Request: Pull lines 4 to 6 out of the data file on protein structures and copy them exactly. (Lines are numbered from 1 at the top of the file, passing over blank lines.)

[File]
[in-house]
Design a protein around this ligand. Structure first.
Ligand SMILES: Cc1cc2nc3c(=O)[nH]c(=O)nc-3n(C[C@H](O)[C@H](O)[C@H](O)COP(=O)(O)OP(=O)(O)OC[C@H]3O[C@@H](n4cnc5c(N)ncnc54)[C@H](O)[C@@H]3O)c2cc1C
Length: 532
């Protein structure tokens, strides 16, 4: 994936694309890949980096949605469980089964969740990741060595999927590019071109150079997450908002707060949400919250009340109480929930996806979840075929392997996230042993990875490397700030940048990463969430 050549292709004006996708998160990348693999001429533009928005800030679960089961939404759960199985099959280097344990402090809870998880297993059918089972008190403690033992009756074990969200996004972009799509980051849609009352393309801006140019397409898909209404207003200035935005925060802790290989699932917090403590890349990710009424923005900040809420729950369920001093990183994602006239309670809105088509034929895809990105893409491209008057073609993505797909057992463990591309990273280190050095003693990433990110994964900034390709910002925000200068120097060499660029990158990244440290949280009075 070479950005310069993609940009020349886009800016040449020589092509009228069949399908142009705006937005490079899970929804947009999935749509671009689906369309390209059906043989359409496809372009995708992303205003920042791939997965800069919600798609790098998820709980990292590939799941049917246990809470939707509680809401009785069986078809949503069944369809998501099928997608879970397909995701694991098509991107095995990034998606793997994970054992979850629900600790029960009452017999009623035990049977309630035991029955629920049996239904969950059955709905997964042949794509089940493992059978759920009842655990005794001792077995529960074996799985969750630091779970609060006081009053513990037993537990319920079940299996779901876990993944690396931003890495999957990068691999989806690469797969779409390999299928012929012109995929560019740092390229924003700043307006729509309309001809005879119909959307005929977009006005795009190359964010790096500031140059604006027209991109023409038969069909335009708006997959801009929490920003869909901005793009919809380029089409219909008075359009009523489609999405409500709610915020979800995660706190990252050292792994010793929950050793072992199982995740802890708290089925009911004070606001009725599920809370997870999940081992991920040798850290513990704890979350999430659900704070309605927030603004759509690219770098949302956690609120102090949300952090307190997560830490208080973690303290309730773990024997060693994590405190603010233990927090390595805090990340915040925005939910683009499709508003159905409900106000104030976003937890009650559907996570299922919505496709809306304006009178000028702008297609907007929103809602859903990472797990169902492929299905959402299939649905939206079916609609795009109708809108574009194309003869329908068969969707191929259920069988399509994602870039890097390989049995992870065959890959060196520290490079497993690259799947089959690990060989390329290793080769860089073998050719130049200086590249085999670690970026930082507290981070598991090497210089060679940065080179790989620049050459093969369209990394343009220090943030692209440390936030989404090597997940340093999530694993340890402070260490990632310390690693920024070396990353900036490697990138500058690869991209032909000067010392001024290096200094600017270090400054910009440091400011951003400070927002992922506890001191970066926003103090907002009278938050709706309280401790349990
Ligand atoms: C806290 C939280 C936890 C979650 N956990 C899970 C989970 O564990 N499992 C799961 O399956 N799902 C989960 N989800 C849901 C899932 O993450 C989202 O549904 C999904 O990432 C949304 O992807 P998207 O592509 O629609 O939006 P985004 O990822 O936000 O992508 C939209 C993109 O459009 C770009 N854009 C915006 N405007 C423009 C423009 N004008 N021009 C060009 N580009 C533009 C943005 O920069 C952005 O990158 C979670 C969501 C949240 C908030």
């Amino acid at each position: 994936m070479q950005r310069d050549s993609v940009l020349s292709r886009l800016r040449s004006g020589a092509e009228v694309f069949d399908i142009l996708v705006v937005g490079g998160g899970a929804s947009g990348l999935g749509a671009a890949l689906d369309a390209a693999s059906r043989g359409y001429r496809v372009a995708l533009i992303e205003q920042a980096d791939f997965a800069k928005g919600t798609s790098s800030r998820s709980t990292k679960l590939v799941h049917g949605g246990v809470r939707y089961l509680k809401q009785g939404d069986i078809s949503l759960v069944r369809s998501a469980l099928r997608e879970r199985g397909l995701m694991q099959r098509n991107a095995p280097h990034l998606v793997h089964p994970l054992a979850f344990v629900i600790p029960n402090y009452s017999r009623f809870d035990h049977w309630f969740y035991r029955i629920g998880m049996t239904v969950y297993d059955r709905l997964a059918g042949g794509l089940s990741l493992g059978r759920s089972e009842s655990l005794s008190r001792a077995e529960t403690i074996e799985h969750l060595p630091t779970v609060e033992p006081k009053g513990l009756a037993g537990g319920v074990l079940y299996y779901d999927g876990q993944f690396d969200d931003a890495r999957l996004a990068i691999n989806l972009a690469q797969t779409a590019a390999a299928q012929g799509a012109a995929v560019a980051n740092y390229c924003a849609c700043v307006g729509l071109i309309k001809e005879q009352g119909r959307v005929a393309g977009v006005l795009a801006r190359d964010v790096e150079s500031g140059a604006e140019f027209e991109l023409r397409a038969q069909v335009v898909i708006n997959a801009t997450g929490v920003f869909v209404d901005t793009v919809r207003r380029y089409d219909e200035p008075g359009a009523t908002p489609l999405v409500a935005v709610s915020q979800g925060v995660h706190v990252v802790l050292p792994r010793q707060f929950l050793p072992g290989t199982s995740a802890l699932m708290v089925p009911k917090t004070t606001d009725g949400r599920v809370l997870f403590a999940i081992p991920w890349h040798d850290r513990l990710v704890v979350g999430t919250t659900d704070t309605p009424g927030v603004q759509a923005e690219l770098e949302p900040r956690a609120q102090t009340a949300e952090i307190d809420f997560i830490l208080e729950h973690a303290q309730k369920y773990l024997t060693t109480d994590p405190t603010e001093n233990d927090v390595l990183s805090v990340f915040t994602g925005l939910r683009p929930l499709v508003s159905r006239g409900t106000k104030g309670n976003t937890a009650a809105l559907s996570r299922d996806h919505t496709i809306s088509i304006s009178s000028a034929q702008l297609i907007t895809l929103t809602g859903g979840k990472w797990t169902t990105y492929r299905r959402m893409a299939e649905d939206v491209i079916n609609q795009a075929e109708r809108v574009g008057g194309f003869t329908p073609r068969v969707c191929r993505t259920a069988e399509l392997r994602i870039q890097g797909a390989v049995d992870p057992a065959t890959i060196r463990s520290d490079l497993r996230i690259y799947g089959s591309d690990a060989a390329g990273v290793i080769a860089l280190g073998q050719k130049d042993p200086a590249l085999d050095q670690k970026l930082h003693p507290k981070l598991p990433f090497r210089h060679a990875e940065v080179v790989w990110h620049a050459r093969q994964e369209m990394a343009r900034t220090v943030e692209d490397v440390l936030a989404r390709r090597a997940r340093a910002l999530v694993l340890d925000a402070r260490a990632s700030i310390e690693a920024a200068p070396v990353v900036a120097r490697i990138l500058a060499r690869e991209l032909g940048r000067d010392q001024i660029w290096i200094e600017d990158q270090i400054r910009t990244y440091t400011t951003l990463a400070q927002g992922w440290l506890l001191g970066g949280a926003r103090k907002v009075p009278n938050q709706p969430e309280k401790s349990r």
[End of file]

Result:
Length: 532
């Protein structure tokens, strides 16, 4: 994936694309890949980096949605469980089964969740990741060595999927590019071109150079997450908002707060949400919250009340109480929930996806979840075929392997996230042993990875490397700030940048990463969430 050549292709004006996708998160990348693999001429533009928005800030679960089961939404759960199985099959280097344990402090809870998880297993059918089972008190403690033992009756074990969200996004972009799509980051849609009352393309801006140019397409898909209404207003200035935005925060802790290989699932917090403590890349990710009424923005900040809420729950369920001093990183994602006239309670809105088509034929895809990105893409491209008057073609993505797909057992463990591309990273280190050095003693990433990110994964900034390709910002925000200068120097060499660029990158990244440290949280009075 070479950005310069993609940009020349886009800016040449020589092509009228069949399908142009705006937005490079899970929804947009999935749509671009689906369309390209059906043989359409496809372009995708992303205003920042791939997965800069919600798609790098998820709980990292590939799941049917246990809470939707509680809401009785069986078809949503069944369809998501099928997608879970397909995701694991098509991107095995990034998606793997994970054992979850629900600790029960009452017999009623035990049977309630035991029955629920049996239904969950059955709905997964042949794509089940493992059978759920009842655990005794001792077995529960074996799985969750630091779970609060006081009053513990037993537990319920079940299996779901876990993944690396931003890495999957990068691999989806690469797969779409390999299928012929012109995929560019740092390229924003700043307006729509309309001809005879119909959307005929977009006005795009190359964010790096500031140059604006027209991109023409038969069909335009708006997959801009929490920003869909901005793009919809380029089409219909008075359009009523489609999405409500709610915020979800995660706190990252050292792994010793929950050793072992199982995740802890708290089925009911004070606001009725599920809370997870999940081992991920040798850290513990704890979350999430659900704070309605927030603004759509690219770098949302956690609120102090949300952090307190997560830490208080973690303290309730773990024997060693994590405190603010233990927090390595805090990340915040925005939910683009499709508003159905409900106000104030976003937890009650559907996570299922919505496709809306304006009178000028702008297609907007929103809602859903990472797990169902492929299905959402299939649905939206079916609609795009109708809108574009194309003869329908068969969707191929259920069988399509994602870039890097390989049995992870065959890959060196520290490079497993690259799947089959690990060989390329290793080769860089073998050719130049200086590249085999670690970026930082507290981070598991090497210089060679940065080179790989620049050459093969369209990394343009220090943030692209440390936030989404090597997940340093999530694993340890402070260490990632310390690693920024070396990353900036490697990138500058690869991209032909000067010392001024290096200094600017270090400054910009440091400011951003400070927002992922506890001191970066926003103090907002009278938050709706309280401790349990
Ligand atoms: C806290 C939280 C936890 C979650 N956990 C899970 C989970 O564990 N499992 C799961 O399956 N799902 C989960 N989800 C849901 C899932 O993450 C989202 O549904 C999904 O990432 C949304 O992807 P998207 O592509 O629609 O939006 P985004 O990822 O936000 O992508 C939209 C993109 O459009 C770009 N854009 C915006 N405007 C423009 C423009 N004008 N021009 C060009 N580009 C533009 C943005 O920069 C952005 O990158 C979670 C969501 C949240 C908030």